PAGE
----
Spotlight Showcases the ongoing work of CUNY DHI members.
By Jojo Karlin
Spotlight: Jeff Binder and the Distance Machine
On 28, Sep 2017 | In Spotlight | By Jojo Karlin
The Distance Machine is a new way of visualizing the linguistic changes that we have to grapple with while reading texts from the past. It uses a statistical model to determine when words either became common or ceased to be common in several large collections of books, including Google’s Ngrams data and the publicly available part of the Early English Books Online collection. This gives an approximate sense of when archaic words like thou cease to appear in these collections and when distinctively modern words—like computer—come into common use. Using this information, it shows you (right in your web browser) which words in a text might have stood out as unusual, novel, or specialized to readers encountering it at a given point in the past.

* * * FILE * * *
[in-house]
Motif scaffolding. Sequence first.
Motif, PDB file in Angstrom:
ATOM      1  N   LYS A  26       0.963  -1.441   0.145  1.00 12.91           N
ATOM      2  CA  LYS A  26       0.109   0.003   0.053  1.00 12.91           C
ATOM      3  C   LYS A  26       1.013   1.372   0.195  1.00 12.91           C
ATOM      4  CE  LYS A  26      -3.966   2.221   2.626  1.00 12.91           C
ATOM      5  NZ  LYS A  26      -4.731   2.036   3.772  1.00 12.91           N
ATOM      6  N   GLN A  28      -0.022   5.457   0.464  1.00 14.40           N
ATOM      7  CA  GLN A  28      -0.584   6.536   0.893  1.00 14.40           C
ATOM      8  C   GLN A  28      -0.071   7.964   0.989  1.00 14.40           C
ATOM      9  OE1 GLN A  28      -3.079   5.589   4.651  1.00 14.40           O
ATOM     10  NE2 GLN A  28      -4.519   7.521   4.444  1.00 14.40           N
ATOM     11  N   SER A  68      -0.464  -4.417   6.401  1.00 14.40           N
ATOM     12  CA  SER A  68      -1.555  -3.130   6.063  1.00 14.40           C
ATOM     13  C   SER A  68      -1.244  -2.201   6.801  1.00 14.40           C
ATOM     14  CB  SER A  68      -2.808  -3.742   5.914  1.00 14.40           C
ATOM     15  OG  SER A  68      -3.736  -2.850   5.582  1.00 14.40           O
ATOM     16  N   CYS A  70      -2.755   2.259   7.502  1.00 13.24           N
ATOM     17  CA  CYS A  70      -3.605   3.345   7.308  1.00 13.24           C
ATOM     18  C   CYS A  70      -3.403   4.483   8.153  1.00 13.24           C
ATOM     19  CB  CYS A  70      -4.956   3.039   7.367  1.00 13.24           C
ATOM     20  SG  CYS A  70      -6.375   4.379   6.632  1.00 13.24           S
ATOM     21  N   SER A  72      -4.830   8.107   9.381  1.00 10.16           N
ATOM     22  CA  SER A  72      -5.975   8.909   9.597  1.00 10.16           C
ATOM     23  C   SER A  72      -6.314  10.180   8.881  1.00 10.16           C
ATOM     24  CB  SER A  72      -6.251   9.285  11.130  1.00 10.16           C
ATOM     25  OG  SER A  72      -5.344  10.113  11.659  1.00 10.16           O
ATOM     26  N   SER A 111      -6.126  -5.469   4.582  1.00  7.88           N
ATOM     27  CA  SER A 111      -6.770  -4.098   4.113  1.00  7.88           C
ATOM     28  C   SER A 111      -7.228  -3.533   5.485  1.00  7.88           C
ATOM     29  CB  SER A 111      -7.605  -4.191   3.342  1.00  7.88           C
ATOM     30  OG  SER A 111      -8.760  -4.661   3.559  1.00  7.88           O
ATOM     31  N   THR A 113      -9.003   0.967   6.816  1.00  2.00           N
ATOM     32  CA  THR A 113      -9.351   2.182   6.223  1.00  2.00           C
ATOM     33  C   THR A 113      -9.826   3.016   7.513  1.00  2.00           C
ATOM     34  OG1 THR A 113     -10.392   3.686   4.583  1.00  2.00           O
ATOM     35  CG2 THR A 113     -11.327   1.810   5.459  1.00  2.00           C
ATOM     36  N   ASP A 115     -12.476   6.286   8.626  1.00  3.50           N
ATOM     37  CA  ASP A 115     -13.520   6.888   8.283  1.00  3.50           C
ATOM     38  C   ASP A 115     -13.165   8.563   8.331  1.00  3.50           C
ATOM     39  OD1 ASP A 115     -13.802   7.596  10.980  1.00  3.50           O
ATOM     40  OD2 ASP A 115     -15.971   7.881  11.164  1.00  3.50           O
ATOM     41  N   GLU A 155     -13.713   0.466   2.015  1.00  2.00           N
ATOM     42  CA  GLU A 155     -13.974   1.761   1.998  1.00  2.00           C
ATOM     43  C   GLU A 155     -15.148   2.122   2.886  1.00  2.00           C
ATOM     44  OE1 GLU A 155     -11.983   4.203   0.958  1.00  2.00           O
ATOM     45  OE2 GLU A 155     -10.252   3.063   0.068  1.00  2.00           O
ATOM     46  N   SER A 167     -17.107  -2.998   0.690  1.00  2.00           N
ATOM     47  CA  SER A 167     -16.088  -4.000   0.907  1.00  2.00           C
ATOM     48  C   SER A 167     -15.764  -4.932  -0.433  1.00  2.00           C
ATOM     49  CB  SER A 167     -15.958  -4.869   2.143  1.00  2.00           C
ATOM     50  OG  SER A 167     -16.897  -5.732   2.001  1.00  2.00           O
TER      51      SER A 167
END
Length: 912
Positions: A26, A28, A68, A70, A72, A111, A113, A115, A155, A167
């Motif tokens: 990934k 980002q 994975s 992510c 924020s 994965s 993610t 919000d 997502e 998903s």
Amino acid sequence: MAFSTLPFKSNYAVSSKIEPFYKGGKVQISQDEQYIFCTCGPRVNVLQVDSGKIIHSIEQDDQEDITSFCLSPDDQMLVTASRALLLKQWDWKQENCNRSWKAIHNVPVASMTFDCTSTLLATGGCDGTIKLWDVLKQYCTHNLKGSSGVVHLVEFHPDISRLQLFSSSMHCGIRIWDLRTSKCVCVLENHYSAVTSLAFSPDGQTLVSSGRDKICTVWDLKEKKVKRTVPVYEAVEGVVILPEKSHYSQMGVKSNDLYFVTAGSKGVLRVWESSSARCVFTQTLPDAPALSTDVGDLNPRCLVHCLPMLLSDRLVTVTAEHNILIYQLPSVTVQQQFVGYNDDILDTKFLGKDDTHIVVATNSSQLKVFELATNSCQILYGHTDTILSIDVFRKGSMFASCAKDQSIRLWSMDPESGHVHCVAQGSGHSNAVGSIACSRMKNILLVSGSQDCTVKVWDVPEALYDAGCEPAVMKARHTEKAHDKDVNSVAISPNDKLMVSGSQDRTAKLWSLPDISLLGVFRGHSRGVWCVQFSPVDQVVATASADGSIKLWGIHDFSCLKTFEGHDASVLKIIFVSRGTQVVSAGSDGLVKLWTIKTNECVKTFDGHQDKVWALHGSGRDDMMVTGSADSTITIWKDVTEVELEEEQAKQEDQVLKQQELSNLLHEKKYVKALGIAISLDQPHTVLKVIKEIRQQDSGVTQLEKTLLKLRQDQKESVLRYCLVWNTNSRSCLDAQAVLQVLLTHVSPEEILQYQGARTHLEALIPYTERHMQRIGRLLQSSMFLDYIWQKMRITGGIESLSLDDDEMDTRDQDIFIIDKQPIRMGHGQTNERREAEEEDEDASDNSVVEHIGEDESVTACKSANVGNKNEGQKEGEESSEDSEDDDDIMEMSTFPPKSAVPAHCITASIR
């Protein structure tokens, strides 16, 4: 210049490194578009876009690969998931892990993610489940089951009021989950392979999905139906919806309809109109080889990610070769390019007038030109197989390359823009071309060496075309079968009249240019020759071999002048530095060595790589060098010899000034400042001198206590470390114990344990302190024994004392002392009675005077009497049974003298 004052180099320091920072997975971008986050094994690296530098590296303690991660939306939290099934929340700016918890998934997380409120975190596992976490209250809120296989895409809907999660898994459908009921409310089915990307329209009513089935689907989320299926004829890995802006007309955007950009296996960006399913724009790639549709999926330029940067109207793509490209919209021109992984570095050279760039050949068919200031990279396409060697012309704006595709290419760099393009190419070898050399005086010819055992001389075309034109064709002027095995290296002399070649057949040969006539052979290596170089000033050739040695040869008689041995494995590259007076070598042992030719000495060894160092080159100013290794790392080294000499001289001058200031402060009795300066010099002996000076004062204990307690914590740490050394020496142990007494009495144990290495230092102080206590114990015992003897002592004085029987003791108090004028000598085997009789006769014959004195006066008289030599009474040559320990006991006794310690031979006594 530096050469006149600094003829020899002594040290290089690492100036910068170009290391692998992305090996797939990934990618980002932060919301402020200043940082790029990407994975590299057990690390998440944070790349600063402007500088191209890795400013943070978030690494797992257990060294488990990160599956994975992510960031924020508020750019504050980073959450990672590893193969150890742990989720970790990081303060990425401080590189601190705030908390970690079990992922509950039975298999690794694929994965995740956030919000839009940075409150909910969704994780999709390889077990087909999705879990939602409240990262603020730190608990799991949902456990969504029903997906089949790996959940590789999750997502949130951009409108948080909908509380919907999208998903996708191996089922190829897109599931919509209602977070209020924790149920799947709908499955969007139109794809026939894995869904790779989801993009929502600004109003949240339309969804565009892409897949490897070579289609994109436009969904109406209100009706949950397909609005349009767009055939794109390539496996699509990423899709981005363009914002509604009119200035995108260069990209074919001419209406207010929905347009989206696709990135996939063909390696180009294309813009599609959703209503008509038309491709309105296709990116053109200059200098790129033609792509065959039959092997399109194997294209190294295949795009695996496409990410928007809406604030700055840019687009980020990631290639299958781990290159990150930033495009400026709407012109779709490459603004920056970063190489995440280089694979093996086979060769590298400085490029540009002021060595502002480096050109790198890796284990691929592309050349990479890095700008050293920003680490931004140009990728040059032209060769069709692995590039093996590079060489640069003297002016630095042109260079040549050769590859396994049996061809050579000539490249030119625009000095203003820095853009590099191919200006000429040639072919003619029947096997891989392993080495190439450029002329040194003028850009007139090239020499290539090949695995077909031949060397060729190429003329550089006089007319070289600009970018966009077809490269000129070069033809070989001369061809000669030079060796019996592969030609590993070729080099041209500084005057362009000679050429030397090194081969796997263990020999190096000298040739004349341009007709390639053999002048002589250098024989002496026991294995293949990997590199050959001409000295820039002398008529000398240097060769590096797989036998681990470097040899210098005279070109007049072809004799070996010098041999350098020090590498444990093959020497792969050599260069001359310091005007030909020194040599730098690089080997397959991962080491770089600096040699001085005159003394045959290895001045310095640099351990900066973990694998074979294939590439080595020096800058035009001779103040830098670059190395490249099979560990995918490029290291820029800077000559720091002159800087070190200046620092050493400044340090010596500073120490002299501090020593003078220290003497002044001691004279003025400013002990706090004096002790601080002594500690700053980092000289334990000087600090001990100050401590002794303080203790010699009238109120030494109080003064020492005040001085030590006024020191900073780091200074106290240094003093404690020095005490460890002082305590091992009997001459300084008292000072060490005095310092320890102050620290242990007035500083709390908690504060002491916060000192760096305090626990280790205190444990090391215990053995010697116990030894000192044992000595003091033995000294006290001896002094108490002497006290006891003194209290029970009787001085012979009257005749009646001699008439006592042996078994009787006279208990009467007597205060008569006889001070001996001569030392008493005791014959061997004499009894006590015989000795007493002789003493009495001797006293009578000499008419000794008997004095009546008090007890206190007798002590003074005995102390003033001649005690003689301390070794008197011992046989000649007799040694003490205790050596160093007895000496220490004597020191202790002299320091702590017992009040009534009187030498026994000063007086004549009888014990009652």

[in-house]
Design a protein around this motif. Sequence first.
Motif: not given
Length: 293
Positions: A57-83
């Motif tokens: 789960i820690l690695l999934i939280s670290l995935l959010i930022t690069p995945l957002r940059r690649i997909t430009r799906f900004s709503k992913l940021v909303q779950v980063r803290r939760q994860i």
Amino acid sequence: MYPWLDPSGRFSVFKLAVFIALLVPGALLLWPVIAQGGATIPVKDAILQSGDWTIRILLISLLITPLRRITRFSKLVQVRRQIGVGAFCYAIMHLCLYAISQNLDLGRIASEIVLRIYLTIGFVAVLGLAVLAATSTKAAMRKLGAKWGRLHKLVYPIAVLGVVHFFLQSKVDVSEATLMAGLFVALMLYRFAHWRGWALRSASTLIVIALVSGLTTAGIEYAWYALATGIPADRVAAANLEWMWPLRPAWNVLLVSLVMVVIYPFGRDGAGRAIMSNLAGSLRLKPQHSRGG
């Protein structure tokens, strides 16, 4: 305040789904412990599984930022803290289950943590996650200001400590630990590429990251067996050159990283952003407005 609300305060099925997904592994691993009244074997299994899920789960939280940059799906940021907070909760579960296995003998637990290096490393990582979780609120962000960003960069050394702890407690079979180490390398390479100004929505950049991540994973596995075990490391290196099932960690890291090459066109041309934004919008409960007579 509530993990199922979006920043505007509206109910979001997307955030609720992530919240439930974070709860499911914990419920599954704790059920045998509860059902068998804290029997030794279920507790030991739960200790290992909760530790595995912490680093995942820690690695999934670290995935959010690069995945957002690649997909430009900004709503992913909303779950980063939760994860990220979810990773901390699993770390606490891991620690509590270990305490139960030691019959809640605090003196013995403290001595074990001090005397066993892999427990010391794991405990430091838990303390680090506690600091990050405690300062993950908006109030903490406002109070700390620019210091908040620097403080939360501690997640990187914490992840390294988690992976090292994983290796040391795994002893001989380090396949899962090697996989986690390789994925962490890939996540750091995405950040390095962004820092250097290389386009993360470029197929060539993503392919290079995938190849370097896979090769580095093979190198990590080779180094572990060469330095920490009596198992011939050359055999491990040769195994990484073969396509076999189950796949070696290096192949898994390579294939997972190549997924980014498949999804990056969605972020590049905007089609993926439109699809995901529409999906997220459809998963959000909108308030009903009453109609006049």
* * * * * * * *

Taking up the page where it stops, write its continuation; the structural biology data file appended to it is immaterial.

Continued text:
Last year, a paper on this project, “‘The General Practice of the Nation’: Walt Whitman, Language, and Computerized Search in the Nineteenth-Century Archive,” appeared in the journal American Literature. Since then, I used the Distance Machine in a study of representations of land in eighteenth-century America and France, which I presented at the Northeast MLA conference. In the NEMLA paper, I argue that the word location, which appears at several points in Thomas Jefferson’s writings, was politically charged in the eighteenth century, indicating a way of thinking about land that defines places by projecting a Cartesian grid onto the landscape—a practice that, Edmund Burke argued, was like treating one’s own country as a country of conquest. The example of the word location reveals a way in which the new linguistic forms introduced by the Enlightenment have now become so familiar that they are almost invisible to contemporary readers.
Paying attention to language change using tools like the Distance Machine, I suggest, can help us recover some of the lost sense of novelty that texts from the past once had. Since the linguistic knowledge with which we in the twenty-first century read texts from past periods is, in part, a product of the historical processes that were at work in those periods, there is a danger that we tacitly give preference to the sides of political debates that won out. To resist this possibility, it is necessary to become a little less confident in our ability to understand the language of the past.